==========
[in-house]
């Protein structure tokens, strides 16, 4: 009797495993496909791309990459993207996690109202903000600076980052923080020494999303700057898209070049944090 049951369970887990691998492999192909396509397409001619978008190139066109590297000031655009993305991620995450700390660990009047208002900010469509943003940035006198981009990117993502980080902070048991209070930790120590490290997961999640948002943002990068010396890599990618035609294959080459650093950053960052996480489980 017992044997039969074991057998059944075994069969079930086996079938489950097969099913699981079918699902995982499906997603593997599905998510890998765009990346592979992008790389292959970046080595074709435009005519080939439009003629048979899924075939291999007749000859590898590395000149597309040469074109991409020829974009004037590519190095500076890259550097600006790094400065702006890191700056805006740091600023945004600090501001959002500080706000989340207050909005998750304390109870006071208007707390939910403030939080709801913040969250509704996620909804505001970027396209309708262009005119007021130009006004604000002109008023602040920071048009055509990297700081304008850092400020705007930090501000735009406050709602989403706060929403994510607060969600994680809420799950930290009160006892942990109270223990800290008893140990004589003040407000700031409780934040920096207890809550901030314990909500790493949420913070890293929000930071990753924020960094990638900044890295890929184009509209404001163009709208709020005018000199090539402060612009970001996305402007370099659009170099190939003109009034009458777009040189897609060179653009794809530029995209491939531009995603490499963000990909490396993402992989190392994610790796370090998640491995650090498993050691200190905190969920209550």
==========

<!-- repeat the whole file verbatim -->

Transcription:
[in-house]
């Protein structure tokens, strides 16, 4: 009797495993496909791309990459993207996690109202903000600076980052923080020494999303700057898209070049944090 049951369970887990691998492999192909396509397409001619978008190139066109590297000031655009993305991620995450700390660990009047208002900010469509943003940035006198981009990117993502980080902070048991209070930790120590490290997961999640948002943002990068010396890599990618035609294959080459650093950053960052996480489980 017992044997039969074991057998059944075994069969079930086996079938489950097969099913699981079918699902995982499906997603593997599905998510890998765009990346592979992008790389292959970046080595074709435009005519080939439009003629048979899924075939291999007749000859590898590395000149597309040469074109991409020829974009004037590519190095500076890259550097600006790094400065702006890191700056805006740091600023945004600090501001959002500080706000989340207050909005998750304390109870006071208007707390939910403030939080709801913040969250509704996620909804505001970027396209309708262009005119007021130009006004604000002109008023602040920071048009055509990297700081304008850092400020705007930090501000735009406050709602989403706060929403994510607060969600994680809420799950930290009160006892942990109270223990800290008893140990004589003040407000700031409780934040920096207890809550901030314990909500790493949420913070890293929000930071990753924020960094990638900044890295890929184009509209404001163009709208709020005018000199090539402060612009970001996305402007370099659009170099190939003109009034009458777009040189897609060179653009794809530029995209491939531009995603490499963000990909490396993402992989190392994610790796370090998640491995650090498993050691200190905190969920209550």